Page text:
I have preached this parable before, of course. I have preached it as it is written and as it is often most typically understood — as a kind of warning to accept the invitation to the ‘banquet’ and to be ready when doing so. In fact, even this week as I read it I was going down that path once more. Only this time, I was reading it with eyes of surprise. For who turns down the invitation of the king? Even if one is not a particularly strong supporter of a particular ruler, don’t you think you would show up out of curiosity, or just to rub elbows with the wealthy and powerful? Fast forward a few thousand years and take up residence in the culture I call home and I can certainly imagine how it might be difficult to turn down the invitation to the inauguration of a president, even if one didn’t vote for him or her. Or tickets to the World Series, even if your own team was not playing. Oh, the enthusiasm would not be the same, but you would likely go just for the experience — particularly if the consequences of NOT going were as dire as they play out in the story Jesus tells today.
So this is the direction I was going. And if you want a reflection that goes down that path, I would invite you to spend some time with my words from three years ago. (You can find them here.) Only this time I changed course. And while there are a thousand reasons I may be entirely wrong, given the fact that in my perusal of the commentaries I have not as of yet found anyone else going in this direction, still, I am settling here for a while.
For you see, the ‘king’ as described in the story before us now is not one that seems anything like the God I have been taught to worship, much less one I could give my allegiance to in this life. For this king rules with threat and violence and vengeance — even though at first it seems that violence is only in response to violence already perpetrated by his citizens. Even so, the God who is Jesus surely does not rule in this way and so I wonder how it is that we so quickly fall into what, for centuries, has been perhaps the most obvious, straightforward understanding of Jesus’ words today.
And so I propose another way.
- What if those invited did not come to the banquet as a sign of protest?
- What if they did not drop everything and go because the promises of the king were false, or because in this king’s reign there was no justice, or because the poor were left in their poverty with no recourse?
- What if they did not go to celebrate with the king because the king was no king worthy of the title?
And while it is hard to justify mistreating and killing those slaves who had no other real choice but to deliver the message with which they were sent, one does not know what happened between the slaves and the people before such violence was perpetrated on them. Certainly some people who live in oppressive regimes wind up behaving in ways which are otherwise reprehensible simply because they feel they have no other choice. And it is worth noting that not everyone behaved in this way and yet the king, in his vengeful ways not only punishes the ‘murderers,’ but everyone else who called that city home.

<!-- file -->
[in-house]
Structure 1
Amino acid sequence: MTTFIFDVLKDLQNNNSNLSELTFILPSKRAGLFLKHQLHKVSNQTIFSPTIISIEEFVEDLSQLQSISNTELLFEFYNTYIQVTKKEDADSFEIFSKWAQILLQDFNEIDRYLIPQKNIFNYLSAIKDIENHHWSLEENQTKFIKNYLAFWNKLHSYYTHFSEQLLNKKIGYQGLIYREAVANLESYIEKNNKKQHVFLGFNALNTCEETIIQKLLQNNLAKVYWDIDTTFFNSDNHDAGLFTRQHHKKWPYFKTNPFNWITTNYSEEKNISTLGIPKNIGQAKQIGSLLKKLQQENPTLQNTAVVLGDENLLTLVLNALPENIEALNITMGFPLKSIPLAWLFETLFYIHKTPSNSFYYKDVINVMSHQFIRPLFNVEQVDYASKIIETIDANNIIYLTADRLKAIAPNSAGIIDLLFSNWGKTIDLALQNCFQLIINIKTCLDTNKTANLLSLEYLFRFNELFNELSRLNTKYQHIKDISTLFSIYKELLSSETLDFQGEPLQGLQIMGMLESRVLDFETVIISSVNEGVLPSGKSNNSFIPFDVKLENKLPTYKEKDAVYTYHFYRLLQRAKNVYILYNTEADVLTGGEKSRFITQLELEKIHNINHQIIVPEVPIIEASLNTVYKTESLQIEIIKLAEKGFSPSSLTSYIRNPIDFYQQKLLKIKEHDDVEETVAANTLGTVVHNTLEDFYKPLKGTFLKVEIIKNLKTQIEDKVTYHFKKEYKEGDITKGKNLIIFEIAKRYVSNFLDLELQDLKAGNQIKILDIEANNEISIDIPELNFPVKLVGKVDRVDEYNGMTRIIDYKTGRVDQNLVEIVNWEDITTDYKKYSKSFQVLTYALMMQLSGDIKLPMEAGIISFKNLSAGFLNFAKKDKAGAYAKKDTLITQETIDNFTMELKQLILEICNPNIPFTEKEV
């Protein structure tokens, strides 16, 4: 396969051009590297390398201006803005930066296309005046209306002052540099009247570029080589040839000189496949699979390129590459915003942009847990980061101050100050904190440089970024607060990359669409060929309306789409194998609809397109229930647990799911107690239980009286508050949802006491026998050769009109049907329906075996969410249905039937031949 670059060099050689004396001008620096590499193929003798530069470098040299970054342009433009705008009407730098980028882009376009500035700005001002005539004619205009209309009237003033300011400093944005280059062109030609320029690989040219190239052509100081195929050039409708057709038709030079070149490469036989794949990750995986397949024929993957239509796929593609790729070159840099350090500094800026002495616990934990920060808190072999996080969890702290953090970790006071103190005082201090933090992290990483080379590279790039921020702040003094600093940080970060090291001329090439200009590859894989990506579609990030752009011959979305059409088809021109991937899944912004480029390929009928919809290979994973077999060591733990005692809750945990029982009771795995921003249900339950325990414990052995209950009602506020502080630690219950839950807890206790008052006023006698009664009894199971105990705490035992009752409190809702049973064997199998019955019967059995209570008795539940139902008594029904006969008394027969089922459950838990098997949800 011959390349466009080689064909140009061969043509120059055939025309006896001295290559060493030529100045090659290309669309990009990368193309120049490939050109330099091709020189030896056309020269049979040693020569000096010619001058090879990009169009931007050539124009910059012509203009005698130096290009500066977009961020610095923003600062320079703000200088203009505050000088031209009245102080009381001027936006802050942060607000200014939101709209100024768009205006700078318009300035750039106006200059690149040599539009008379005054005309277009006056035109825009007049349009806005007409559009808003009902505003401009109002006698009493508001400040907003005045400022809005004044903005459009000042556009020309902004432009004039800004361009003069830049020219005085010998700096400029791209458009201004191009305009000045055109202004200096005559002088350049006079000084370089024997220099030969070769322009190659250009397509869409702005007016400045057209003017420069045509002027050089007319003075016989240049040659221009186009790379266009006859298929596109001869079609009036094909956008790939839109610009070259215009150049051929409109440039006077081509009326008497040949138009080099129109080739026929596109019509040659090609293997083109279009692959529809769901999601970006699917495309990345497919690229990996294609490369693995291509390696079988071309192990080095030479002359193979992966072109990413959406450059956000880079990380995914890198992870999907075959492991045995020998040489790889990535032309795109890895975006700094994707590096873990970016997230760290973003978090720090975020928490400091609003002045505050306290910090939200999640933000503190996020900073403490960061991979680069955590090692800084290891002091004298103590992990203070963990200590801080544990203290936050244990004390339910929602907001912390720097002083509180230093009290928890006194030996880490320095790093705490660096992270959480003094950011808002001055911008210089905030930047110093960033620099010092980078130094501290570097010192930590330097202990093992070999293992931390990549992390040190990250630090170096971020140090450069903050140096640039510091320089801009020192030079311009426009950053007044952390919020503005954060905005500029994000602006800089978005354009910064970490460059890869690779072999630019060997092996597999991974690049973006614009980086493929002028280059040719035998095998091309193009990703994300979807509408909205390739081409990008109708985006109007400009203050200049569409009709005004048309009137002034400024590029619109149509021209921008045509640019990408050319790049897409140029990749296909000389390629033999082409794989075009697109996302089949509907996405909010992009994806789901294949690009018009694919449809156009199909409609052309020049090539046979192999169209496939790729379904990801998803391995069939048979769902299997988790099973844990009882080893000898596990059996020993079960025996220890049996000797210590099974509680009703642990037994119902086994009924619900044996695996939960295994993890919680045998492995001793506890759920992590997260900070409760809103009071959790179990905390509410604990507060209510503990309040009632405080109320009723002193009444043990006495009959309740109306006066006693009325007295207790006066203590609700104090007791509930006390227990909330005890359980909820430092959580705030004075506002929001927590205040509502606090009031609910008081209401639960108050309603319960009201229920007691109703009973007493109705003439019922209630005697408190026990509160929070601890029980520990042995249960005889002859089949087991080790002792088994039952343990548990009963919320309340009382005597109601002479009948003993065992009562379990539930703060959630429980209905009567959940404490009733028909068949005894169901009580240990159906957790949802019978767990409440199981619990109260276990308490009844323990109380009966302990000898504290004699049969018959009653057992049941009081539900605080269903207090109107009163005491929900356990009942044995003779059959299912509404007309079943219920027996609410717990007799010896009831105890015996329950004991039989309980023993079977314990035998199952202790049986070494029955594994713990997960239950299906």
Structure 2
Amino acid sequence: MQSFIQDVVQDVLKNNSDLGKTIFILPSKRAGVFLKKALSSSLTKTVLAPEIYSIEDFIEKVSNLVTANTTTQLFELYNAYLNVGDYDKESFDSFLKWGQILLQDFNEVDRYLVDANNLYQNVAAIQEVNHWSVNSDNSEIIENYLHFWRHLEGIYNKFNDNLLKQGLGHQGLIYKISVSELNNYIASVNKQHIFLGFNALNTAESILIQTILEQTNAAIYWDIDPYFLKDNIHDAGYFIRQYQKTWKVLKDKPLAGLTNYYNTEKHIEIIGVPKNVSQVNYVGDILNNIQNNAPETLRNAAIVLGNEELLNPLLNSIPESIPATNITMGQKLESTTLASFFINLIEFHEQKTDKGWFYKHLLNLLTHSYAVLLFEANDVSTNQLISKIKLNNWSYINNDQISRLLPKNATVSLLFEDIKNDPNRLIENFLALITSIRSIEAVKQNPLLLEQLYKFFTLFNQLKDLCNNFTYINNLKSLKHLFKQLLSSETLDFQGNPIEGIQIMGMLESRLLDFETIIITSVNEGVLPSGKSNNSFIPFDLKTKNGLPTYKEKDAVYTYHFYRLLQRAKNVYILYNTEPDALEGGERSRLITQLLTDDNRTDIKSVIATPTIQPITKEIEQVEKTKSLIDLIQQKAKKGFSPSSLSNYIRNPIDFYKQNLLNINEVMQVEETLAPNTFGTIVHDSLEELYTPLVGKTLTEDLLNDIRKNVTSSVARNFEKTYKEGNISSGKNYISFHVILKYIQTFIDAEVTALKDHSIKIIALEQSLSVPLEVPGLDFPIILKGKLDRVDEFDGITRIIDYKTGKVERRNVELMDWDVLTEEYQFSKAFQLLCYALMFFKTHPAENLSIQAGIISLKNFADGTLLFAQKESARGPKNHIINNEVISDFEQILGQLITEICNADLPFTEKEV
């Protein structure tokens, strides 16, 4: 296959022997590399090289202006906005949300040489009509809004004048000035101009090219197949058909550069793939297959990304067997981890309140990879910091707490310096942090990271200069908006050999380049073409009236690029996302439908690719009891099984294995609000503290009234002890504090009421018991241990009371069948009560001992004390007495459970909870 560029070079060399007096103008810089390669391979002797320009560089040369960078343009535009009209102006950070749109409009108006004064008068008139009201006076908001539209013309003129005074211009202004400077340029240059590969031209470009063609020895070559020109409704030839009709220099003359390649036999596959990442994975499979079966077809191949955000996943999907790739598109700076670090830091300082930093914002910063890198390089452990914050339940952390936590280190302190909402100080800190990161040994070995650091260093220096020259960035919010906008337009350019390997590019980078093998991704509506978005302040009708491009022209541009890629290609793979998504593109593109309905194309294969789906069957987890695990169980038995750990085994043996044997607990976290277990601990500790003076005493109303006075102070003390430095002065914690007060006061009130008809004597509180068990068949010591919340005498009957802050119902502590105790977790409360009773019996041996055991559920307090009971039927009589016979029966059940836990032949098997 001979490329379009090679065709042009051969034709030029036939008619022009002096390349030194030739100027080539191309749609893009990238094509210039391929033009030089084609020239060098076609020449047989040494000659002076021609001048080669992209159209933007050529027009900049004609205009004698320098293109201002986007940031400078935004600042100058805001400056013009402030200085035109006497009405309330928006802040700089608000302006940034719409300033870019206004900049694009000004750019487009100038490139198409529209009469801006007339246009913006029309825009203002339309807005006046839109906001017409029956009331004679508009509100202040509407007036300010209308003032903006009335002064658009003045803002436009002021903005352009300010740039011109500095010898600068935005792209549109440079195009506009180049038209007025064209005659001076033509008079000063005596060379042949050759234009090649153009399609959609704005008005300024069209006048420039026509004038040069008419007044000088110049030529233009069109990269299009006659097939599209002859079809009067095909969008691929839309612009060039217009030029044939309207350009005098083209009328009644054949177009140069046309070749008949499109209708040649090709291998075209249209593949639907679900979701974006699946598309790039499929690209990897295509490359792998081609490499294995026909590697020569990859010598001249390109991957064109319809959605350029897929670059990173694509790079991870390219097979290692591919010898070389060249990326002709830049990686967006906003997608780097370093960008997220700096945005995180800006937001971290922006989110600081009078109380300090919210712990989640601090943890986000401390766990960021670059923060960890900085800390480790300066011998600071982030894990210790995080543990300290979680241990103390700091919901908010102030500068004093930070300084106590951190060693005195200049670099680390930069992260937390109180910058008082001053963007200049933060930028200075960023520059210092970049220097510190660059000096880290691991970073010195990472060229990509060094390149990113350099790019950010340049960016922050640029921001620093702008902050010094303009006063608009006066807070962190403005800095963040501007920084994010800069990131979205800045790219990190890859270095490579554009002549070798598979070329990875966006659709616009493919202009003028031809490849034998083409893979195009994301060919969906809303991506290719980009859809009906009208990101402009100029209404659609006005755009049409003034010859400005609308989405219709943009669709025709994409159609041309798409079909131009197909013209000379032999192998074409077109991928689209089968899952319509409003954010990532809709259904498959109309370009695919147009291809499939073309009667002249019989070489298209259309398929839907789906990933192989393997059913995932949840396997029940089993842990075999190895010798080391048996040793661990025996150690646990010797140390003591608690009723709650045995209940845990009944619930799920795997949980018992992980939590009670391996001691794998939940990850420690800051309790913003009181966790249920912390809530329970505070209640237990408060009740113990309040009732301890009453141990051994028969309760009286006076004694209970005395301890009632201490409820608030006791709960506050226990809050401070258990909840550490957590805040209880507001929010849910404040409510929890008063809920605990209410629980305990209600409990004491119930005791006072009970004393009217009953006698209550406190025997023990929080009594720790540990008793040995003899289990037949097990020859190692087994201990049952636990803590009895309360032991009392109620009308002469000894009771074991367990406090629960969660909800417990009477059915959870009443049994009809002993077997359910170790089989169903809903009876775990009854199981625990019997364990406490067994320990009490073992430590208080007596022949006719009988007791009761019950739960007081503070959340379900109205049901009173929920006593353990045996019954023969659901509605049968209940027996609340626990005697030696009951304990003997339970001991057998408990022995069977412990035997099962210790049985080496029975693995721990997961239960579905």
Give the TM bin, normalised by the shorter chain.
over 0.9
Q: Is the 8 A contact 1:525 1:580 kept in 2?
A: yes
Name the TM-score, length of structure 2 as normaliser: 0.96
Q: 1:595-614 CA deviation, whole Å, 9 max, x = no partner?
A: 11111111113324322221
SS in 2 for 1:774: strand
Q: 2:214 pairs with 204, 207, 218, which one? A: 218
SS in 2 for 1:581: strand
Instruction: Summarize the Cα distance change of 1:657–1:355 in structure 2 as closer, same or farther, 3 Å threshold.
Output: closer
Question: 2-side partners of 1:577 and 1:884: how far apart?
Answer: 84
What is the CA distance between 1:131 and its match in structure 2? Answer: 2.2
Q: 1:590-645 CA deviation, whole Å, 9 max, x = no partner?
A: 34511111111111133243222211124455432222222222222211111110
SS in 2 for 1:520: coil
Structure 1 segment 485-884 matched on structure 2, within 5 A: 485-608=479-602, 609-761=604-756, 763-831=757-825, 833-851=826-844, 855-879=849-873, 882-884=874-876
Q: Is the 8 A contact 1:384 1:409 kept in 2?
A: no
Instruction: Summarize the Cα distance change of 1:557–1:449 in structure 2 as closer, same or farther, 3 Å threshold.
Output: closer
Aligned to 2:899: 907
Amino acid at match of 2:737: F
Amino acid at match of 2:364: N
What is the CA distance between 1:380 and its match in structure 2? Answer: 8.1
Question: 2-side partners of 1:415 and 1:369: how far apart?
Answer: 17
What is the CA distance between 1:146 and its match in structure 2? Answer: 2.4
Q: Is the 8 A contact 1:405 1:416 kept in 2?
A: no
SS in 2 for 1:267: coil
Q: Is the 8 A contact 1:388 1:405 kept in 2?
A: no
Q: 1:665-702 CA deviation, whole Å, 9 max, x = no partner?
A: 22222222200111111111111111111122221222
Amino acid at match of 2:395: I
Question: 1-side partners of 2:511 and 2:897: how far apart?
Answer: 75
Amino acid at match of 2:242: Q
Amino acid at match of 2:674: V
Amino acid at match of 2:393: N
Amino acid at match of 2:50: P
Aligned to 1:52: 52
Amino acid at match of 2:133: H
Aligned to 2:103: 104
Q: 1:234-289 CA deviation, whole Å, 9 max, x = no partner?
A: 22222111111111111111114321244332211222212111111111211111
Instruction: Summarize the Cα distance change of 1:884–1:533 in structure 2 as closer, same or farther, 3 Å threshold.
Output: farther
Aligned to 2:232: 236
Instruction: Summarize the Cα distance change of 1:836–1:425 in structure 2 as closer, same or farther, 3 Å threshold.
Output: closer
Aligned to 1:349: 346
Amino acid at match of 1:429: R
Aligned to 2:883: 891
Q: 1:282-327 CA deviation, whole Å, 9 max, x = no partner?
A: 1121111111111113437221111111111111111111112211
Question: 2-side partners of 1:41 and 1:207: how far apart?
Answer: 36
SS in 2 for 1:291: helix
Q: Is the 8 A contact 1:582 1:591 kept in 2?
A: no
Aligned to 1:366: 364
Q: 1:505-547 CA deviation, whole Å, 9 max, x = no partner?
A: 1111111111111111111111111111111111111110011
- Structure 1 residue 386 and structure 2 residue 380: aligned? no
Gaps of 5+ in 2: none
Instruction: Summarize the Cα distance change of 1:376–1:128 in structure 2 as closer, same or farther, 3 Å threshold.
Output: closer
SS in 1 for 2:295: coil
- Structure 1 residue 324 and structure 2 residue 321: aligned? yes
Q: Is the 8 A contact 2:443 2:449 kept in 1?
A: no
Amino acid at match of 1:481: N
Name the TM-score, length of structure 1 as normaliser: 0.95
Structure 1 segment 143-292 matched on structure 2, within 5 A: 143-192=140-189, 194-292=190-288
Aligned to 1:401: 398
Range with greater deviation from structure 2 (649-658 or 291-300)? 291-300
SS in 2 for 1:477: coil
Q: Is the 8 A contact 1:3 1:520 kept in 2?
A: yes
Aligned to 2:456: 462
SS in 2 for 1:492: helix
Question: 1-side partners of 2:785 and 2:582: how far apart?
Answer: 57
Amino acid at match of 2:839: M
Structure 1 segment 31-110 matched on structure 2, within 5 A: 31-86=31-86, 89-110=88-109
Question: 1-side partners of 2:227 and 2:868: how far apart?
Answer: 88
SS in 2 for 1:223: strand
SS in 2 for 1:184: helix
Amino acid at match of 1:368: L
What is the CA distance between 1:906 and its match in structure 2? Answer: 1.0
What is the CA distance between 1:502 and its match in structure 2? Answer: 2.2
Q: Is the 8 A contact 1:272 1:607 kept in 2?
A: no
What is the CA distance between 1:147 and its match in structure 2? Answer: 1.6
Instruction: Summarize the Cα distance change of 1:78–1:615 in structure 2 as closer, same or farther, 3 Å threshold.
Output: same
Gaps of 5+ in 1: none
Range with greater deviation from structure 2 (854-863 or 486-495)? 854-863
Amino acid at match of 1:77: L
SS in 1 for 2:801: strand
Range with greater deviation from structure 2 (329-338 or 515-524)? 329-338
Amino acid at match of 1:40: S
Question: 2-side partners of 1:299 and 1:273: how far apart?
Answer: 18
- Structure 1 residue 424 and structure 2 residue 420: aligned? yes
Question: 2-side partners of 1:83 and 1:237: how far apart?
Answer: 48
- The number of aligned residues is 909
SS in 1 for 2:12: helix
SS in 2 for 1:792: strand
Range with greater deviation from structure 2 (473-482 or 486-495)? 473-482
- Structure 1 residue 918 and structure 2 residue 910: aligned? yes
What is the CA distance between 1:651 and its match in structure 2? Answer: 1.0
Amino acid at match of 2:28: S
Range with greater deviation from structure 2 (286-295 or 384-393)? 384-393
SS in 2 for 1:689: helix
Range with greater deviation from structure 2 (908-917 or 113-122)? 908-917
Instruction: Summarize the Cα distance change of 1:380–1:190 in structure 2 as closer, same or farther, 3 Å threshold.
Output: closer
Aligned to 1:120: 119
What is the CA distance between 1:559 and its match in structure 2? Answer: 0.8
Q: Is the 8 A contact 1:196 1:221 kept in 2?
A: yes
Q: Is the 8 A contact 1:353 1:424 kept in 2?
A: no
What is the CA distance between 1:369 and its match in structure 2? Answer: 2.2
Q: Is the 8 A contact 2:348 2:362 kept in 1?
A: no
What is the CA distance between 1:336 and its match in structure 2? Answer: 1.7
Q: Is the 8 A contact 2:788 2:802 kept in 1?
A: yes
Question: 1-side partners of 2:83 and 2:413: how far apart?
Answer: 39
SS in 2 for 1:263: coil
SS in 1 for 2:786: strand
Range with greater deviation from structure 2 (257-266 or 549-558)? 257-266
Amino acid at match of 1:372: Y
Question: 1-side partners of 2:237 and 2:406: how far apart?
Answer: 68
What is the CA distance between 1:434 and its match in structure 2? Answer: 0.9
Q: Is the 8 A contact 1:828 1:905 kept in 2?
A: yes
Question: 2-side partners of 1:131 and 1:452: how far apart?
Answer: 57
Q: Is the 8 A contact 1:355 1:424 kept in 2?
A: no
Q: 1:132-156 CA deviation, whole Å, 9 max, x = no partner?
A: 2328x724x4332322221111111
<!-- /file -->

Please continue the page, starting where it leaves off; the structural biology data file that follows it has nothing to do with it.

And yes, it is in keeping with our understanding of how God works that the king would invite all and everyone who would heed that invitation to come to the wedding banquet. And yet, what comes next again seems over the top, no matter how we try to explain it away. And this is why I can’t help but wonder if the king was only trying to fill that banquet hall so as not to suffer shame in the eyes of friends and adversaries alike. I cannot help but believe that Jesus was, in fact, more like those who would never have been among the first invited to the wedding banquet of the king’s son, but would have found himself in the second batch of invitees. Indeed, as this parable comes to its conclusion, I cannot help but wonder if Jesus is not the one without the wedding robe — the one who could not, would not pretend to honor a tyrant king by putting on that wedding robe — who in behalf of all of us was thrown into the outer darkness where there was weeping and gnashing of teeth.
I have no way of knowing this for sure, of course. In fact, I know that many of you can make a solid argument that I am way off base in term’s of Matthew’s intent here. And yet, the Bible is a Living Word, is it not? And isn’t it possible that it might take on new meaning in new days? And isn’t it just as likely that the kingdom of heaven is more like any one of us who refuses to bow to the powers that be when innocents suffer than like a king who throws his power around and destroys those who would not do his will?
More than this, the places my imagination took me this week as I pondered this parable seem more in keeping with the way Jesus often turned things inside out and on their heads when he told stories. So why not with this story. Why not?
I have no way of knowing, of course, but this is what I am wondering now. How about you?
- How do you understand this parable of Jesus? Is it possible, faithful, helpful to hear it in a new way? Why or why not?
- What arguments do you have in favor of hearing it in the more traditional way?
- If my proposed way of hearing this story doesn’t add up for you, why is that? What questions or comments would you offer to help us hear it more clearly together?